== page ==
Sources and Resources

Our 22nd Year of Homeschooling, January 2018

In January we struggled to get back on our feet from the Christmas holiday. We had a few days (during the coldest of temperatures) when our furnace needed work and we were confined to the upstairs of the house, which had heat. We also had a bout or two of illness, which kept us from completing consistent school work.
Quentin continued with Voice lessons but he did not pick Fencing up this month.


In Physical Science, we studied the properties of air and humidity. In Biology, we studied the basics of organic chemistry, starting with carbohydrates.
In Math, he is still working on fractions.
He is plugging away with his Latin workbook, working on 
Second declension (-us and -ius) nouns.
In History, he is notebooking on American History in World Context, which means that his work focuses about half the time on American History and half the time on what is happening around the world during the time of the various events we are studying in American History.

I am finding, now that I have a curriculum that James can easily do, that he already knows most of the material that we are going through. We are advancing him now to 10th grade and giving him a whole new set of material to work with. He will be keeping his science, Integrated Physics and Chemistry and Basic Math Skills.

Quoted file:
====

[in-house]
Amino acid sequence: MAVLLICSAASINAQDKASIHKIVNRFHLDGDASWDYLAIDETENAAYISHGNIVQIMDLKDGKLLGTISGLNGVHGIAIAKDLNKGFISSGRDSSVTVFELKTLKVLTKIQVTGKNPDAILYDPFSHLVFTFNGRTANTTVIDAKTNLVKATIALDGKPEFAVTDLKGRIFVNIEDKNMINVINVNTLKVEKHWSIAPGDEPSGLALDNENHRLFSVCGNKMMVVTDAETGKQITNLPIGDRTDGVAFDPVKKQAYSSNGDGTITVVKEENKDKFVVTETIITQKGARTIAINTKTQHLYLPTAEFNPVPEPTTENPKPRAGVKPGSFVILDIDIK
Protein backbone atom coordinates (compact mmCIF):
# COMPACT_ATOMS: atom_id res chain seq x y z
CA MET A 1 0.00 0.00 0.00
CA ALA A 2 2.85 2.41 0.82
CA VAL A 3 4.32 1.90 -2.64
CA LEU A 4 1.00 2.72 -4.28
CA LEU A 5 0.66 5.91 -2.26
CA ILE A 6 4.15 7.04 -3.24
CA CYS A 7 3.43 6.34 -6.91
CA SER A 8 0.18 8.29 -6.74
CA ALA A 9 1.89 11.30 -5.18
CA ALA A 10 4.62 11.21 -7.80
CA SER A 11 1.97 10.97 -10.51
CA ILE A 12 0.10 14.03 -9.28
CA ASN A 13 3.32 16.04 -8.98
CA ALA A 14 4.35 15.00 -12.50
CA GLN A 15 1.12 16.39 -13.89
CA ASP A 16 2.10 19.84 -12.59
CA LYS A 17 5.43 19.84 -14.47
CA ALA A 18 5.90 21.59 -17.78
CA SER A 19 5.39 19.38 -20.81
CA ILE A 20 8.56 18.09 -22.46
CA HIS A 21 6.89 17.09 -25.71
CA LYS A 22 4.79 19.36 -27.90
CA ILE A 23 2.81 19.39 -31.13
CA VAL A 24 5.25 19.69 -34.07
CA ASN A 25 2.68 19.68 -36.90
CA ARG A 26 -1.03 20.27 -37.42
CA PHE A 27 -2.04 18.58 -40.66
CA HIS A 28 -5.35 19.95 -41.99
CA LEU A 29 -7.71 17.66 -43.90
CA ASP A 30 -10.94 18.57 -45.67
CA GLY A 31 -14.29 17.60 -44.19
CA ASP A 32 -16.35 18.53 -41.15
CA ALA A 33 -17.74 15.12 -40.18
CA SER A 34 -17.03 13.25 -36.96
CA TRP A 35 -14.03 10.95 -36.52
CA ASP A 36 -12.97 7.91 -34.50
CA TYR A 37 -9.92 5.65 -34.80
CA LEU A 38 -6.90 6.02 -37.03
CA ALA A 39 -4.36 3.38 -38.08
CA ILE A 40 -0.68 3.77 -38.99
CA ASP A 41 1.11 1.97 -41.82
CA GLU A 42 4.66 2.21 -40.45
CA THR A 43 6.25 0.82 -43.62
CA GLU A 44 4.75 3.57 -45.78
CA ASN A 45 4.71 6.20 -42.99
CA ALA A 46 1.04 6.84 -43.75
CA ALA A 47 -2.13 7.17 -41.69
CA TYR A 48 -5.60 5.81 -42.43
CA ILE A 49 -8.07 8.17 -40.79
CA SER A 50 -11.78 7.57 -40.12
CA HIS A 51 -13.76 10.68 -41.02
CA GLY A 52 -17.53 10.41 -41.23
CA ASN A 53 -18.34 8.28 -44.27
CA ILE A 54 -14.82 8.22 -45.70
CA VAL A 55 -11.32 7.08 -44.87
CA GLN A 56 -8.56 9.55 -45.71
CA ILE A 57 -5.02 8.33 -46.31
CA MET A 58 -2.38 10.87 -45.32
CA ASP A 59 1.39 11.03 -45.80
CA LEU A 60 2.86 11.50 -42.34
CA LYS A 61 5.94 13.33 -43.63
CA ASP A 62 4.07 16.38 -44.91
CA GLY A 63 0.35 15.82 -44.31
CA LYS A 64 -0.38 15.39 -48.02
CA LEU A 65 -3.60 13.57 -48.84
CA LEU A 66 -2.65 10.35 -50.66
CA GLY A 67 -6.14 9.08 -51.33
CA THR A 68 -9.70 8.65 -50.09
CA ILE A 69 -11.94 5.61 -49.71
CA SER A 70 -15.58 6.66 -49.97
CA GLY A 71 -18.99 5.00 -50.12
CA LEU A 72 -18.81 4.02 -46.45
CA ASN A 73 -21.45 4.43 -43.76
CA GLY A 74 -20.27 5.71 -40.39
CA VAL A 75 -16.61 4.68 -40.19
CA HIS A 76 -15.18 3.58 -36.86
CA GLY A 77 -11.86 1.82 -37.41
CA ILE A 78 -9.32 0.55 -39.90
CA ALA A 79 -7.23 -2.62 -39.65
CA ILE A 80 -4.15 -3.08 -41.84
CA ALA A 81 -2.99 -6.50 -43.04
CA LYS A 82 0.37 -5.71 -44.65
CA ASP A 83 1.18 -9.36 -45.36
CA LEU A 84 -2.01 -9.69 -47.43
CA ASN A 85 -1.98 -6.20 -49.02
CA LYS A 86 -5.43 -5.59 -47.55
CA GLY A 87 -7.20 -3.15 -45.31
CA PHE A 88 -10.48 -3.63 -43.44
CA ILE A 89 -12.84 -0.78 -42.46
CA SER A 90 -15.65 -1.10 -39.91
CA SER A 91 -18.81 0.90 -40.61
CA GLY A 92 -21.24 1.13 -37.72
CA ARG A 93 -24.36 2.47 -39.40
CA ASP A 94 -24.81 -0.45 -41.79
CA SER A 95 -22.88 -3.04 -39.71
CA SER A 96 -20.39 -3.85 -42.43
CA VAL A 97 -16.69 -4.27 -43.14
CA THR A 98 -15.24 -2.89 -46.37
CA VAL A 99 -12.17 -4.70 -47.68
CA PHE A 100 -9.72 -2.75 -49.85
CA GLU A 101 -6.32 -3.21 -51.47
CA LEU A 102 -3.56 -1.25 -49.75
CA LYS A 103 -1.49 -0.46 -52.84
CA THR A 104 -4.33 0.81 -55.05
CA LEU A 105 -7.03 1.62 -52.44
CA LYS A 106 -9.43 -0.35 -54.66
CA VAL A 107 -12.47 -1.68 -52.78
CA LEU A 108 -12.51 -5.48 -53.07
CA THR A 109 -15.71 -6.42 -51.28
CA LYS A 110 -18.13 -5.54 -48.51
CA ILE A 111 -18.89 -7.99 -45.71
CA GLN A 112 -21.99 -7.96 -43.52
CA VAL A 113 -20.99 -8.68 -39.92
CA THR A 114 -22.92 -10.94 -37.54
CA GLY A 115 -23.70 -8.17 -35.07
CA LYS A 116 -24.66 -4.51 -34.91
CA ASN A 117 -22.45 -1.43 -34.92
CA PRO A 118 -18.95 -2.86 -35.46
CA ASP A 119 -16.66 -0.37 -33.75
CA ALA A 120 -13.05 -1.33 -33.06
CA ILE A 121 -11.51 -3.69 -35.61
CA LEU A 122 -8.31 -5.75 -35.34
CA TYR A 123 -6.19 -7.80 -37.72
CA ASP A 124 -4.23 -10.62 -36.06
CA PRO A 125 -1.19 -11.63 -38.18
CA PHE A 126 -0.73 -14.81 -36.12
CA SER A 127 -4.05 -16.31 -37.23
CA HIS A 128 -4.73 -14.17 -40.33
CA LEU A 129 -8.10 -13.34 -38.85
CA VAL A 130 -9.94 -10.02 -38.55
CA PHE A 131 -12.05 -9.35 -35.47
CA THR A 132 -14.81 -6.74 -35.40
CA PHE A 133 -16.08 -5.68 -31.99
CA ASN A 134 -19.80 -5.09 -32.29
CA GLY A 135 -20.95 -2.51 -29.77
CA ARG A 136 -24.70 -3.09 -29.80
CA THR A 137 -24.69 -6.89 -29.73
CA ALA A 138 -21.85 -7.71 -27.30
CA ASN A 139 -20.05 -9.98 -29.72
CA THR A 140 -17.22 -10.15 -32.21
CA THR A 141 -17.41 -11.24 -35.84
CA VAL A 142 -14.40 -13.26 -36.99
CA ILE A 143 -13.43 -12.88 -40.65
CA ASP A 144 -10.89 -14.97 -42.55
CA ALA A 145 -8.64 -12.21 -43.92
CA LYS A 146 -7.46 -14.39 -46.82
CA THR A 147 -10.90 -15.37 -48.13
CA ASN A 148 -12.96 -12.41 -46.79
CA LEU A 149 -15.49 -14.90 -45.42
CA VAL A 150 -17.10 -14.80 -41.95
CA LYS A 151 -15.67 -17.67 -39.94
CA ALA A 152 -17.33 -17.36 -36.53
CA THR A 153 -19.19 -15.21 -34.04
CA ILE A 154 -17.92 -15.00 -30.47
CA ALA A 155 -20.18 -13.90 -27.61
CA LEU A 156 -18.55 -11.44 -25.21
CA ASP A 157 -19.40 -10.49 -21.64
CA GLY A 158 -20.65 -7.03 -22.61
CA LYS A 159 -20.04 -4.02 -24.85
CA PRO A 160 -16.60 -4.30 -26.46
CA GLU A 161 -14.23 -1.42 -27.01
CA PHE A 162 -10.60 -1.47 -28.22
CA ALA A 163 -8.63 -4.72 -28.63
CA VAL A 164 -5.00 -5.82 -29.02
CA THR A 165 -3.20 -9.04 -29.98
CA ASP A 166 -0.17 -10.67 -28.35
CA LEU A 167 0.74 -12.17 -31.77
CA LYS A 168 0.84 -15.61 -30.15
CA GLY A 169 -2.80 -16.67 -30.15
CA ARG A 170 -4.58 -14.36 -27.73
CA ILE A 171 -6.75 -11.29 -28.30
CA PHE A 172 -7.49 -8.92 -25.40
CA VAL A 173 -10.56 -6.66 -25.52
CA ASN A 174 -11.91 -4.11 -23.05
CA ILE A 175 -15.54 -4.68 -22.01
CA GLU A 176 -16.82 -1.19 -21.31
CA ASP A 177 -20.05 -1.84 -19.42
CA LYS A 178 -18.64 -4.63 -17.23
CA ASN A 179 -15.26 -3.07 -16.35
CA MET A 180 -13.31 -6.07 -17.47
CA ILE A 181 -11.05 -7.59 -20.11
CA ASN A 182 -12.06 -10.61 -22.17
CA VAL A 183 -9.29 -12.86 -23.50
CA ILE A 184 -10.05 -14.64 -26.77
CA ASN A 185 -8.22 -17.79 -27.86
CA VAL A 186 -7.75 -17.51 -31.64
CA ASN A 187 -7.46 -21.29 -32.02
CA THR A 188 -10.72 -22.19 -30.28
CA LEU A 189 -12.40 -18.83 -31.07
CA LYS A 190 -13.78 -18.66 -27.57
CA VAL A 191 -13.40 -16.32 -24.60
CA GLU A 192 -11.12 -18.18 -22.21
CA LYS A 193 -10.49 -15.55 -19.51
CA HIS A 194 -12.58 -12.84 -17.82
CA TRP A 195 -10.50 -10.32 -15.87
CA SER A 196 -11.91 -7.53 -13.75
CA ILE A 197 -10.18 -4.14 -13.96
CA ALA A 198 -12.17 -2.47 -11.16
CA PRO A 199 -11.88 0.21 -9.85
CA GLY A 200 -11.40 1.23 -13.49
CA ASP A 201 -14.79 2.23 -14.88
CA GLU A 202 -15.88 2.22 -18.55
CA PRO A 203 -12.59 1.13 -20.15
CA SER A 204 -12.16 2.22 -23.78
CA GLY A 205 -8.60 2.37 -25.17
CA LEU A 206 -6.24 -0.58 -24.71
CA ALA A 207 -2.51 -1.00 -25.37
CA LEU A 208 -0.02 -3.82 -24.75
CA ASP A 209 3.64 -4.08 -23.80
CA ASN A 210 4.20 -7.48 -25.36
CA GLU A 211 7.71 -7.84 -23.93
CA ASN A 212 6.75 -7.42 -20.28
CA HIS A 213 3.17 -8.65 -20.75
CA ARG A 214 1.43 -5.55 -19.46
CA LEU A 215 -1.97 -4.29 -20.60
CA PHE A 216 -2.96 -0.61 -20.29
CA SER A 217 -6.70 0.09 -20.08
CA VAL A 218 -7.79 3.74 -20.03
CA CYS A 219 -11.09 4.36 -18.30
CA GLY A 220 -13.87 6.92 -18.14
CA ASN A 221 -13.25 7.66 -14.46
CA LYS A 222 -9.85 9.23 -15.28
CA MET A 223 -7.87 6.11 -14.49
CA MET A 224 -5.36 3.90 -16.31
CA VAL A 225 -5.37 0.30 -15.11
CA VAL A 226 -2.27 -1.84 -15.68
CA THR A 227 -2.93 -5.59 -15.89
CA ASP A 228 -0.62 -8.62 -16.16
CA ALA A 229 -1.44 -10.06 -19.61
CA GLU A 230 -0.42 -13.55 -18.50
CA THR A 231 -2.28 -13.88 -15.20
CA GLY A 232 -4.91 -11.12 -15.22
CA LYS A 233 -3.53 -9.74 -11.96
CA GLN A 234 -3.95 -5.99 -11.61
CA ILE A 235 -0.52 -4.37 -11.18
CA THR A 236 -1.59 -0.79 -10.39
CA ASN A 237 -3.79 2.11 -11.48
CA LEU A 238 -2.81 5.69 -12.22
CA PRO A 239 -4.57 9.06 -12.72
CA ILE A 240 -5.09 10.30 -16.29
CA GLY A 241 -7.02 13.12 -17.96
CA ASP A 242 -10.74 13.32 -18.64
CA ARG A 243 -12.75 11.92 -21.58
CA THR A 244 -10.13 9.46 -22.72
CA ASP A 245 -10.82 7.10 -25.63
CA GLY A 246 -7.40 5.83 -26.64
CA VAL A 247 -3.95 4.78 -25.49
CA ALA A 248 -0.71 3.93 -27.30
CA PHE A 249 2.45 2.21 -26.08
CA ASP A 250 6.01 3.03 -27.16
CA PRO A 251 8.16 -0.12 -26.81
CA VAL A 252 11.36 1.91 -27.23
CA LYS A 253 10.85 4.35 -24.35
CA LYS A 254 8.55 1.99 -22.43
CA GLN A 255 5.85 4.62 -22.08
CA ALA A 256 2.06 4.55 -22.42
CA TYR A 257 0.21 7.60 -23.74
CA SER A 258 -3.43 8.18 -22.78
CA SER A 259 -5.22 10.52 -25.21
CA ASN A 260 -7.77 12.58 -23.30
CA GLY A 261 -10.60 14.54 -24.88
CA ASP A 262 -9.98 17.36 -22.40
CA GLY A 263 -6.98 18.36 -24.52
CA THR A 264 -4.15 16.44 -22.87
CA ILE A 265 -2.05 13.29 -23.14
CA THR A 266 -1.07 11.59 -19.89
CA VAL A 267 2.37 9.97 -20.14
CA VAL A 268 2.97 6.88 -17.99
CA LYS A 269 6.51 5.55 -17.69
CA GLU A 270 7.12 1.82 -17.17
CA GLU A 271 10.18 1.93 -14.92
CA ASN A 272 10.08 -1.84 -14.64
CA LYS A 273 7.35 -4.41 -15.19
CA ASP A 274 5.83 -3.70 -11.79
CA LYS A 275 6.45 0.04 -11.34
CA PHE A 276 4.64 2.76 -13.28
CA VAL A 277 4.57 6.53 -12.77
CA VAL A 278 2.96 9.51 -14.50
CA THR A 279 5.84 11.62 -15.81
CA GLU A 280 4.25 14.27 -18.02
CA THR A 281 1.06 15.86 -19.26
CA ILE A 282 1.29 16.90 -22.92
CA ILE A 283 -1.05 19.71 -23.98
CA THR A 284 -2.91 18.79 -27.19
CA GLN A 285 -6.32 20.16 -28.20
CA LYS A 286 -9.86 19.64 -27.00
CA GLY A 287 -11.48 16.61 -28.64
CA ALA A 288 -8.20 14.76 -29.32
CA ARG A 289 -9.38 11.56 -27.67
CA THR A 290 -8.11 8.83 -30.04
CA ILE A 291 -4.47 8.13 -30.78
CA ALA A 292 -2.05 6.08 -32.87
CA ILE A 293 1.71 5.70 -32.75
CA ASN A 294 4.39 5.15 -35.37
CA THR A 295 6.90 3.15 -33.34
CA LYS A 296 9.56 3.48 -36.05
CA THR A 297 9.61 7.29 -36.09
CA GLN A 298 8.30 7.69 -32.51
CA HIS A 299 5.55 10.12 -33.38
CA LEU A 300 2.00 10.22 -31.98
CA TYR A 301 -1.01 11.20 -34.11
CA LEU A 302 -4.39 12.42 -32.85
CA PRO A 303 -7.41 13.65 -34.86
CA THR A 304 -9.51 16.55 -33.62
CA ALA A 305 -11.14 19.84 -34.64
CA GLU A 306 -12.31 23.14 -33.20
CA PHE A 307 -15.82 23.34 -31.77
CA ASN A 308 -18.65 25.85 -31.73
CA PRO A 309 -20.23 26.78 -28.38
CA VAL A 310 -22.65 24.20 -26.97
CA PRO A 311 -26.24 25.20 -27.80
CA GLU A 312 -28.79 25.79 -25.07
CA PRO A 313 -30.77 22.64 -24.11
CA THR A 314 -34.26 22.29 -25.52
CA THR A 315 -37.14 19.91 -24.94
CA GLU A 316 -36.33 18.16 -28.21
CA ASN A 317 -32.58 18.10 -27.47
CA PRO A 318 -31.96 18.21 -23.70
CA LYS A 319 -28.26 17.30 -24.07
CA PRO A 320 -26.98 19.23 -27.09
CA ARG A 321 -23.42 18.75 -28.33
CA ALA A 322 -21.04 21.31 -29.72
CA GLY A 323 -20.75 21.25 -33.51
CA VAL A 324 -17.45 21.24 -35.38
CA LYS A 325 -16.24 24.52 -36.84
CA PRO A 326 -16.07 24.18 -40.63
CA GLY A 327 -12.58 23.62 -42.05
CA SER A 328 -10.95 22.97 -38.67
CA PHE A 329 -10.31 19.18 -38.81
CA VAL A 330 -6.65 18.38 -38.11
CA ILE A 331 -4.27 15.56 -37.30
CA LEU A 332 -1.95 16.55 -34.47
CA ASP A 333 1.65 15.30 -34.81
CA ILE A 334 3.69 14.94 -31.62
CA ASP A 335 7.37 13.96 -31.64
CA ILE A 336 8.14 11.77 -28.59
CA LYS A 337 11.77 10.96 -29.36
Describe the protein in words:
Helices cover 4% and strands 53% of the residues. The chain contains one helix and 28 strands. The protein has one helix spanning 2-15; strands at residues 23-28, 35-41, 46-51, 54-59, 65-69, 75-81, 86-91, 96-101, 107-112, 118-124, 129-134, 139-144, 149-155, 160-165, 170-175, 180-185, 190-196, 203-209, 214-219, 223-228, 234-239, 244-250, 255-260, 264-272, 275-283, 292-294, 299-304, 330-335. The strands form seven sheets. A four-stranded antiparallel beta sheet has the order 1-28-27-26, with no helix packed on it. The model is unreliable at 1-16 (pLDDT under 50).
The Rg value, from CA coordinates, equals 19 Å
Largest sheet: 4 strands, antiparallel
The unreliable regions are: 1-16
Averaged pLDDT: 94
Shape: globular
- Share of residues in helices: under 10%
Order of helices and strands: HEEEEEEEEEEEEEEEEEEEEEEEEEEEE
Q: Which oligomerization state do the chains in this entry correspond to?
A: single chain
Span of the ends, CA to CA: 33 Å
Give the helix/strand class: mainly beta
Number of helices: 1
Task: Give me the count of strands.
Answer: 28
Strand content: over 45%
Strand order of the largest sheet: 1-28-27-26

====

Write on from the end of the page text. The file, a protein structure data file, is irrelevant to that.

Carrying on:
For English, we are concentrating on Composition Skills, beginning this minth with the Key topics: word tone, denotation, connotation; how to alphabetize, use a dictionary, synonyms and antonyms, analogies with homonyms; how to use a thesaurus; idioms, nouns—singular, plural, possessive; pronouns—antecedents, gender, person, number, case, exceptions, personal, indefinite, demonstrative, relative, declination, interrogative and reflexive and for Social Studies, we will be using People, Places, and Principles of America II.